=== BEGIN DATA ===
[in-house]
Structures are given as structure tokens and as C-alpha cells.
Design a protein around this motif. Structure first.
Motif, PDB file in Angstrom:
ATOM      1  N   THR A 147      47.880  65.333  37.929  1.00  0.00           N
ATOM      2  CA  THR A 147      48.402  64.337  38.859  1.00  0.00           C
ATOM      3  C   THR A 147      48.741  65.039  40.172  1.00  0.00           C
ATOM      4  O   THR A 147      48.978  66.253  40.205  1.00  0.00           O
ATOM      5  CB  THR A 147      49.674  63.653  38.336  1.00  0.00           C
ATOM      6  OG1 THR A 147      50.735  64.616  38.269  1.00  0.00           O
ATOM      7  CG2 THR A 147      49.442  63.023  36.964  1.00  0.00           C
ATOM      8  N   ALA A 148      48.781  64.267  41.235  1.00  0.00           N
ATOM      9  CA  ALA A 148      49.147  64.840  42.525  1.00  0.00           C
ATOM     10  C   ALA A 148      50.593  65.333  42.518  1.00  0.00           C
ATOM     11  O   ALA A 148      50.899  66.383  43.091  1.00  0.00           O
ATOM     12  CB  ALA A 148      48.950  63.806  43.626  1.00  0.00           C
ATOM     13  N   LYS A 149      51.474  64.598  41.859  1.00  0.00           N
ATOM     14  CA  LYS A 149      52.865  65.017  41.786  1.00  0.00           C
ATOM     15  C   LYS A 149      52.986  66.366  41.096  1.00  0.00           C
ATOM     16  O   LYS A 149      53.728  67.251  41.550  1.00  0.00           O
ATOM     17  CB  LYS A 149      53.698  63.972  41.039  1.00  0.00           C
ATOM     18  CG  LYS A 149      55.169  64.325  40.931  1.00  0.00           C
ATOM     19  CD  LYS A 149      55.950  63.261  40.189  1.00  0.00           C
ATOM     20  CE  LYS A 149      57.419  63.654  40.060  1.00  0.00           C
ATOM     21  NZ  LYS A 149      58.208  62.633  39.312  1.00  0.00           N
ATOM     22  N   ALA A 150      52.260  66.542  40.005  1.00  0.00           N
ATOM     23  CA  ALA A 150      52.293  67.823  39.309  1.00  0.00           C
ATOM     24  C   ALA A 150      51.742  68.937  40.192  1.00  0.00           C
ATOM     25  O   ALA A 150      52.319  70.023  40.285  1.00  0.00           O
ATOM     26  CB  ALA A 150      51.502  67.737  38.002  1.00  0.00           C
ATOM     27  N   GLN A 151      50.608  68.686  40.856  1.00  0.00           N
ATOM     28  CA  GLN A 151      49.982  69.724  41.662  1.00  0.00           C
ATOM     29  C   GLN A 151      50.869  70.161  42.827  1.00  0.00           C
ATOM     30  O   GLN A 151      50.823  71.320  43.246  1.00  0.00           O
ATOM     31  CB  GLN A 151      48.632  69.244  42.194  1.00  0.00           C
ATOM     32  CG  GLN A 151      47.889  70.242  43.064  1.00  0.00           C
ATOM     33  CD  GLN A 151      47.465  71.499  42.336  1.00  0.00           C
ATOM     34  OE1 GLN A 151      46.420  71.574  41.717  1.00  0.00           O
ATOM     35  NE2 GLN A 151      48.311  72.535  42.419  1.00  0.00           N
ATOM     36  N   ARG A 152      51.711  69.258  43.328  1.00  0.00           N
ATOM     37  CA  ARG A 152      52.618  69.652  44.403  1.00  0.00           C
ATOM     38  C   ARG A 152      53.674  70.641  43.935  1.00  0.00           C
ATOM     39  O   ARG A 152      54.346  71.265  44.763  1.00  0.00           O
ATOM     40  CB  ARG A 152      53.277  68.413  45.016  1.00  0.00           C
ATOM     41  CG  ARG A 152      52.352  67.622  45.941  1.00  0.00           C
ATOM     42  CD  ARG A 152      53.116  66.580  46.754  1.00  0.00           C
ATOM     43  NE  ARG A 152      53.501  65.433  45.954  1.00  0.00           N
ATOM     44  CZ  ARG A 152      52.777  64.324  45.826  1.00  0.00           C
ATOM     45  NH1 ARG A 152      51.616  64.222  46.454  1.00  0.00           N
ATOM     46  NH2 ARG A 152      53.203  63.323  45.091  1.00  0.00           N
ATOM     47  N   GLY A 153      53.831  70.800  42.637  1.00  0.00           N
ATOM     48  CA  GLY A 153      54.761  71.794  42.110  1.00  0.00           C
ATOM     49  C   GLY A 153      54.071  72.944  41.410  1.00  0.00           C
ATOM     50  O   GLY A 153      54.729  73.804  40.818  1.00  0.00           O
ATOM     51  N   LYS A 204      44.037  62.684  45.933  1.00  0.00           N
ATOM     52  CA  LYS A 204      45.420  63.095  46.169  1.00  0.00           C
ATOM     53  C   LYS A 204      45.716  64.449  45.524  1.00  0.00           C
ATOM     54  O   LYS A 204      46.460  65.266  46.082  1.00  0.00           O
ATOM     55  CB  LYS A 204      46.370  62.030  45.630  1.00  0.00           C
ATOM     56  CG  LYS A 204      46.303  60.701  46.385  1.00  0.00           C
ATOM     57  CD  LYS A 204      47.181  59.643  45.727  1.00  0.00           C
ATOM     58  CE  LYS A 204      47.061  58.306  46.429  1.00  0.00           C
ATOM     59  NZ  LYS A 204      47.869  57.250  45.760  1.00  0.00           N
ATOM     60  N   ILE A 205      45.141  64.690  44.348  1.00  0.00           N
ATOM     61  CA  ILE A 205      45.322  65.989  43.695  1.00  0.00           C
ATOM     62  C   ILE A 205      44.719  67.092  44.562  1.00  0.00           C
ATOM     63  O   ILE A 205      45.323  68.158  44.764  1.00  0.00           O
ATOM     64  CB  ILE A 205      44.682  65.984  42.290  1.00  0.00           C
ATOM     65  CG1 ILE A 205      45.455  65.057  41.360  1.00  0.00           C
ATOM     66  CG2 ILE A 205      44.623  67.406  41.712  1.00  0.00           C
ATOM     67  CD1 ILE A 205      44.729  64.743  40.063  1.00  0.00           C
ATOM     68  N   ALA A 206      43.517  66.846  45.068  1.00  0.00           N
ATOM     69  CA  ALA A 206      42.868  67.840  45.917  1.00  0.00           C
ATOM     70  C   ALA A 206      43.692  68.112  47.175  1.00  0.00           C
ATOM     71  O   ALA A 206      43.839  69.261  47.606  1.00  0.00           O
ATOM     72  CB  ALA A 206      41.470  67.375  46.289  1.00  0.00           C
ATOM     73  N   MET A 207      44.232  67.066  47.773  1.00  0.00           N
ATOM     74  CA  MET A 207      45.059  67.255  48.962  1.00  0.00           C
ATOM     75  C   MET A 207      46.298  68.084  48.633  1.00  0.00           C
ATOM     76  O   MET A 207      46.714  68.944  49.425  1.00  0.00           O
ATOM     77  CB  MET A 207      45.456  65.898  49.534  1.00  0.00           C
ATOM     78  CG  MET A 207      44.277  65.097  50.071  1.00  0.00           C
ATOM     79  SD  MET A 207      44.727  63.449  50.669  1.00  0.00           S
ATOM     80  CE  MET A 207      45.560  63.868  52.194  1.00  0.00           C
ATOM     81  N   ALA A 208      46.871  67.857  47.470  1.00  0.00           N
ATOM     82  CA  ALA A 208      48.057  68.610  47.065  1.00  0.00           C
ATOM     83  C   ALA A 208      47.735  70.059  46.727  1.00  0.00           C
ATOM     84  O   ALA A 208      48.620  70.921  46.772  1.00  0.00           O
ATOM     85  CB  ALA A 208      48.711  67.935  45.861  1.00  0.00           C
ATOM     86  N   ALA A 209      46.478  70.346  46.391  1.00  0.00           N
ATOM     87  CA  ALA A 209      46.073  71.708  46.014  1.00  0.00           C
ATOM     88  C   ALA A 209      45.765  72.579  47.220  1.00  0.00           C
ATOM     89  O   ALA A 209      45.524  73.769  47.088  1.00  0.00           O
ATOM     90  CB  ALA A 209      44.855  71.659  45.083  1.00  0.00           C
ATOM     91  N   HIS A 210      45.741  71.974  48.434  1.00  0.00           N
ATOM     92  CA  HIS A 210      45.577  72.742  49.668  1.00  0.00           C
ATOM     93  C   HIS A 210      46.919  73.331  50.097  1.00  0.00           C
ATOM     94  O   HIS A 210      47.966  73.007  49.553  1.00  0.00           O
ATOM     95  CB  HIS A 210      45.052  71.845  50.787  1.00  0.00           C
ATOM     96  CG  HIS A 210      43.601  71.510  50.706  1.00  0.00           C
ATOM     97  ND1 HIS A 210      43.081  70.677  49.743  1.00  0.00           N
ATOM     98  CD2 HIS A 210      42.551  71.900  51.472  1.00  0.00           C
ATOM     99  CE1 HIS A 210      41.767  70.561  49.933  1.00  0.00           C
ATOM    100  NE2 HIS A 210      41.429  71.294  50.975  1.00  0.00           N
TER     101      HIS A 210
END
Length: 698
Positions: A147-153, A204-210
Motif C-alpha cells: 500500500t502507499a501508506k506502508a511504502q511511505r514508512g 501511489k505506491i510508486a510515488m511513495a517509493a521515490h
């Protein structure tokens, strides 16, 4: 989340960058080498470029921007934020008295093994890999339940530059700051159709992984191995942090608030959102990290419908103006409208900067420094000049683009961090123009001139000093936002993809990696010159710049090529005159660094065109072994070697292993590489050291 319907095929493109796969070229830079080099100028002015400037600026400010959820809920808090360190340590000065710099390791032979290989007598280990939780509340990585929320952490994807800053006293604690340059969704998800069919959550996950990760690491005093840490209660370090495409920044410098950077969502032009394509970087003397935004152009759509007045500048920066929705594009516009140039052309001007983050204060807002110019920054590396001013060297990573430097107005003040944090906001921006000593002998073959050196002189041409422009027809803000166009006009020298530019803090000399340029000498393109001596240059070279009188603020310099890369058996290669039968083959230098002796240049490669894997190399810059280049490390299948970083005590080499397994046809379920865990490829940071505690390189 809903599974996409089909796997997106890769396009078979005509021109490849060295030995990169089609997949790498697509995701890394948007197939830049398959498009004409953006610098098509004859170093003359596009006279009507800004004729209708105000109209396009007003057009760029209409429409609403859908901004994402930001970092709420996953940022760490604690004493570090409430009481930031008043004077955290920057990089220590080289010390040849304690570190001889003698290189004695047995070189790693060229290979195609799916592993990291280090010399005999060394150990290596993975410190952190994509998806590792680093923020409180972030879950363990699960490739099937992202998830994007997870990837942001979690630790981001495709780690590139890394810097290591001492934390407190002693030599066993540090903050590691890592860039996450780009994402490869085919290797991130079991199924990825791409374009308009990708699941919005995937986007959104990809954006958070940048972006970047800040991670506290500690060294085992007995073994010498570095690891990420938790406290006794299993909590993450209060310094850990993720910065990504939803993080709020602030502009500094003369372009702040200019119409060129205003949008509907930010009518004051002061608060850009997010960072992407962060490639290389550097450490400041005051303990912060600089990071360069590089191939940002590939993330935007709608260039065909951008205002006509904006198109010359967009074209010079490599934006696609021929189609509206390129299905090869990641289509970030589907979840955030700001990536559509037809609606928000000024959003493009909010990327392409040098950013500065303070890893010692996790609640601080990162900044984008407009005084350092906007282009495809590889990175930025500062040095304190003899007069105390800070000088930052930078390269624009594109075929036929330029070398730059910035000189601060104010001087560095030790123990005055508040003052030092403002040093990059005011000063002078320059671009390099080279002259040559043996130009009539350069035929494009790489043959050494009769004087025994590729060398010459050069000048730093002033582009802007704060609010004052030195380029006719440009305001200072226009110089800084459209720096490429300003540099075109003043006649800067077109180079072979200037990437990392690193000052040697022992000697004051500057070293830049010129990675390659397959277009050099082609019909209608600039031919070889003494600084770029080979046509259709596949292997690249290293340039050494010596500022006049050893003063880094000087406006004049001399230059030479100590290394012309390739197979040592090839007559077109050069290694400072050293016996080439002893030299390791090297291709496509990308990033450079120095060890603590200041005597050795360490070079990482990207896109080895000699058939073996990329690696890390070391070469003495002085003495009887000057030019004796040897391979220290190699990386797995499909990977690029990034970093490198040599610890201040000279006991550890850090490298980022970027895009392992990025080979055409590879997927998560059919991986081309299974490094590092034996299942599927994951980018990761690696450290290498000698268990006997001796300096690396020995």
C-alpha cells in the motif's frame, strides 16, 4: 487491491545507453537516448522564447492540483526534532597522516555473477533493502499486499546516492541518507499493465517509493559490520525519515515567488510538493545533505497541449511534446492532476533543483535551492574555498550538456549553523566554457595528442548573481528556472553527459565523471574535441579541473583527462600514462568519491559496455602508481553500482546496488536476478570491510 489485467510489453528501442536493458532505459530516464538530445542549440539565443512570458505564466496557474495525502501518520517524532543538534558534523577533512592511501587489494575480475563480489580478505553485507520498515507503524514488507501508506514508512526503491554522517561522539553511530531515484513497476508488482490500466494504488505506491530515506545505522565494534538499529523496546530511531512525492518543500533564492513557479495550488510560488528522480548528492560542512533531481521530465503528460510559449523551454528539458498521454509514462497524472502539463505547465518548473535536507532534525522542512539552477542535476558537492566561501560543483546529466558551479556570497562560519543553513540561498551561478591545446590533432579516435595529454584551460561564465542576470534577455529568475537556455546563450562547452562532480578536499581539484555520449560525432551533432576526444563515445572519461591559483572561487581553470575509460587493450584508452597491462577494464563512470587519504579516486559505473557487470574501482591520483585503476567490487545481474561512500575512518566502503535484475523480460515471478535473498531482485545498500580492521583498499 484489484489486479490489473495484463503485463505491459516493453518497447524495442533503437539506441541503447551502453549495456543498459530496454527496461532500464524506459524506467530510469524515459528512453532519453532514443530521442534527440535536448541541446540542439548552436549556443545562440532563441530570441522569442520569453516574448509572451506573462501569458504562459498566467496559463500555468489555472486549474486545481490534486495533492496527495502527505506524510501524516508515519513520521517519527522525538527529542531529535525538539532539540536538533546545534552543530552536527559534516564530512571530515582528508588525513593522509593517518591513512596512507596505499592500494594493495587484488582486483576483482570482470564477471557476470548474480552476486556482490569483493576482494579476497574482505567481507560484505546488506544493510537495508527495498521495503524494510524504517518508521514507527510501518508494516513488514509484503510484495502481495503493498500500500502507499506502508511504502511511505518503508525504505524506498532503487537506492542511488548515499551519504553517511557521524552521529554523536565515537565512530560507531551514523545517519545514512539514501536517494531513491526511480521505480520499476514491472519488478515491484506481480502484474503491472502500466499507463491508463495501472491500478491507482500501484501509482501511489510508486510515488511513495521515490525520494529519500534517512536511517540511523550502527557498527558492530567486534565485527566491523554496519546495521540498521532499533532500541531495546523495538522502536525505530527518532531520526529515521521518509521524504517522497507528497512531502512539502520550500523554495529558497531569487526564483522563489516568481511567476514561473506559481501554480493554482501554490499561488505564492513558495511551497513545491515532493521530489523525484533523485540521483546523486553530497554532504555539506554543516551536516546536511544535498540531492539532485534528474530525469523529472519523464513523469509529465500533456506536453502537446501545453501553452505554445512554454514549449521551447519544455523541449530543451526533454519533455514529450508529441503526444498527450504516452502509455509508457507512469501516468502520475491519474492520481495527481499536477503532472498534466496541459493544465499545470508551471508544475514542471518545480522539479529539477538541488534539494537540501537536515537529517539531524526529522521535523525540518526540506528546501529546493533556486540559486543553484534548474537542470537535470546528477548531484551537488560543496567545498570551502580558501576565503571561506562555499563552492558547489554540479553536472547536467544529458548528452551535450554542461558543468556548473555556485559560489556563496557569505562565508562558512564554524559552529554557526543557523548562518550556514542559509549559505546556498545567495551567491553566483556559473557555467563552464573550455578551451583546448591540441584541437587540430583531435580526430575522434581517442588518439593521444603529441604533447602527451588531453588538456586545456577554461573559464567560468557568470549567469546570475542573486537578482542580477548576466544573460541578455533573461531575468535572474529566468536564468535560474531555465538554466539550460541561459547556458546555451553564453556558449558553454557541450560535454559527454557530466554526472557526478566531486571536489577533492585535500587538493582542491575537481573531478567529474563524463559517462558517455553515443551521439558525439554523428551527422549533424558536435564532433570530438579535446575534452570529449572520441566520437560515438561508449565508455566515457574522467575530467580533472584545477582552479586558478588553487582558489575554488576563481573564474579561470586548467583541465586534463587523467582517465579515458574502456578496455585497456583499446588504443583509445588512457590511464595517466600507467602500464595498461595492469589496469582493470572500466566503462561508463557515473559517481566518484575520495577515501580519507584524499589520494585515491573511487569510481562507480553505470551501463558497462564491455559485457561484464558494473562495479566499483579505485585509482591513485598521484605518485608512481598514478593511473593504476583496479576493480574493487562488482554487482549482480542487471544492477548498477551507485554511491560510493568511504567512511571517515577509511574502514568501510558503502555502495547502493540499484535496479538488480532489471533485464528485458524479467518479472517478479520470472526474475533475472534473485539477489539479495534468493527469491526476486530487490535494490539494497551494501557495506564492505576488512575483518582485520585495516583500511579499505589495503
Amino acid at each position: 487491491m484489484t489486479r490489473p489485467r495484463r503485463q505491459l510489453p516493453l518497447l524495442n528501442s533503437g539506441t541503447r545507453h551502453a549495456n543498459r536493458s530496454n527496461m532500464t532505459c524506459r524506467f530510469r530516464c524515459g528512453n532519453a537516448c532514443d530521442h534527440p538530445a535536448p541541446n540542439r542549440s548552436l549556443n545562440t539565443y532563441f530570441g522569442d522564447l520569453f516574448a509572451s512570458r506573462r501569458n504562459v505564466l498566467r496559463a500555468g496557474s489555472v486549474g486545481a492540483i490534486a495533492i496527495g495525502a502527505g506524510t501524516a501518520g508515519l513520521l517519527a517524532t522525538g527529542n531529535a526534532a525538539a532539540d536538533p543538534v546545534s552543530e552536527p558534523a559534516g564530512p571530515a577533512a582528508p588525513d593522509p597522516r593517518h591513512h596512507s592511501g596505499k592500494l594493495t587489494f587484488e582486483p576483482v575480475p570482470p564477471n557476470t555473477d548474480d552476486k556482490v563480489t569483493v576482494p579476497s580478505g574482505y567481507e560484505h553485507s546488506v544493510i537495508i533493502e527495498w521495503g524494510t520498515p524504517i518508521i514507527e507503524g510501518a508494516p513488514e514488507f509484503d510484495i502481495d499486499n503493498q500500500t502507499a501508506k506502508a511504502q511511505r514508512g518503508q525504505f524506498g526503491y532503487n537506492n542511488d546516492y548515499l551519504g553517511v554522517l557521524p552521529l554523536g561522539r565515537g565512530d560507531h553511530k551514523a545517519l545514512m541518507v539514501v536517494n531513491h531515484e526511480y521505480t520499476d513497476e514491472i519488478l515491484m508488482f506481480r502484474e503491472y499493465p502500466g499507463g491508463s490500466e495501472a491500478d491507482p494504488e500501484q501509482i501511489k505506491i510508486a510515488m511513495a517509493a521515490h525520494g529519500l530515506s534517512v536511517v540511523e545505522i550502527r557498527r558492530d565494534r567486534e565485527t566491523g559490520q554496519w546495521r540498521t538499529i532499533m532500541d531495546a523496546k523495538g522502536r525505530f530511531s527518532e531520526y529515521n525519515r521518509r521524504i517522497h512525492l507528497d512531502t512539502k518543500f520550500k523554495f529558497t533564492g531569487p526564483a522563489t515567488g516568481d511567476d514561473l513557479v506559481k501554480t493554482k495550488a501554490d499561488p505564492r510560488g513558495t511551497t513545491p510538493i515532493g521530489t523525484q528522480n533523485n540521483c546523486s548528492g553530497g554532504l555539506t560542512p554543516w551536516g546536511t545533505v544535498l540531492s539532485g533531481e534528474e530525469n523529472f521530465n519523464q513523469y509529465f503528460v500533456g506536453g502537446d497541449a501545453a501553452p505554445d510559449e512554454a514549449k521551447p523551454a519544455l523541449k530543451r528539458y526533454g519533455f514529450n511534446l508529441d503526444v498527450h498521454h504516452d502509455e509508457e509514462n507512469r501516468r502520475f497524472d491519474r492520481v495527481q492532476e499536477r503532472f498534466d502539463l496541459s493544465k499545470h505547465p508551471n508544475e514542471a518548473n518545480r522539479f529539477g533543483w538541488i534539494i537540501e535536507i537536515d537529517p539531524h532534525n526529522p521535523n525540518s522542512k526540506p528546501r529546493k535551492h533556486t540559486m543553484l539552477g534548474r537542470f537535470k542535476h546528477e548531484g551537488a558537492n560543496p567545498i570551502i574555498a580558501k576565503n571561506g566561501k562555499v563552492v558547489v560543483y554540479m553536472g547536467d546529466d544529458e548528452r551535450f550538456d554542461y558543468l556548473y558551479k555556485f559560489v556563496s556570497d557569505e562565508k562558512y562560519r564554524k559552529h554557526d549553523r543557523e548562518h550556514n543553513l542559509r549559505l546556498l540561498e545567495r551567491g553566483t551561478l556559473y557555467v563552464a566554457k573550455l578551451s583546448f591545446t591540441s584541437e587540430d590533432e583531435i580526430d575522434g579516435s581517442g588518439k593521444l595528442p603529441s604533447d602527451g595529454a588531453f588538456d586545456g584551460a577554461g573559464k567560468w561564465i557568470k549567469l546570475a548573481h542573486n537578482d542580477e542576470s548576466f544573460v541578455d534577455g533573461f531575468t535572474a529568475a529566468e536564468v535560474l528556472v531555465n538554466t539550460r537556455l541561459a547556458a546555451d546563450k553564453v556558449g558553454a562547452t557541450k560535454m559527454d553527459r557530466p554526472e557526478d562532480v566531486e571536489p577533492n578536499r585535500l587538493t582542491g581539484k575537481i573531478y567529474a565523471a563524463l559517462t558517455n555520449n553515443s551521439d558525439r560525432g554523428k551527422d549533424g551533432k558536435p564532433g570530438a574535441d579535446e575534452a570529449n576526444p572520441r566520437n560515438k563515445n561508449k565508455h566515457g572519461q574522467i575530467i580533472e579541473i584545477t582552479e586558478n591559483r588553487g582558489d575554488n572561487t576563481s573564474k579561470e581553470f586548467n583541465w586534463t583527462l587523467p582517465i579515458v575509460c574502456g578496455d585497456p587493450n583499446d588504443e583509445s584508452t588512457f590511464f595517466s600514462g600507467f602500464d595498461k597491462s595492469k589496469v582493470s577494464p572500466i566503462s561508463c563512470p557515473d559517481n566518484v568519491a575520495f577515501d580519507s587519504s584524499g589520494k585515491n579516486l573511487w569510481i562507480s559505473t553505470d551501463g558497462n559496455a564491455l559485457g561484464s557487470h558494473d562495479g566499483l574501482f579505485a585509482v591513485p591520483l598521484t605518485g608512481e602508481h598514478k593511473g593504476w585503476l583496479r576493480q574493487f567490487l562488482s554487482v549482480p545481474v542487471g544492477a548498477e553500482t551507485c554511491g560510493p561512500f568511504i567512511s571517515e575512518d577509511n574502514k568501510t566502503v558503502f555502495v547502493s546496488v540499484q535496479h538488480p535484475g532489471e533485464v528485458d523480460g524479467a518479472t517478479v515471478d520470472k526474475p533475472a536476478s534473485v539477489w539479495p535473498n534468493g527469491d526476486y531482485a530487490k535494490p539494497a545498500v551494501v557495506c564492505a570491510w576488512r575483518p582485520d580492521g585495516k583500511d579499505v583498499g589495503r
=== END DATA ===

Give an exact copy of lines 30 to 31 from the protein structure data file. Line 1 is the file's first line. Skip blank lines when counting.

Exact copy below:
ATOM     26  CB  ALA A 150      51.502  67.737  38.002  1.00  0.00           C
ATOM     27  N   GLN A 151      50.608  68.686  40.856  1.00  0.00           N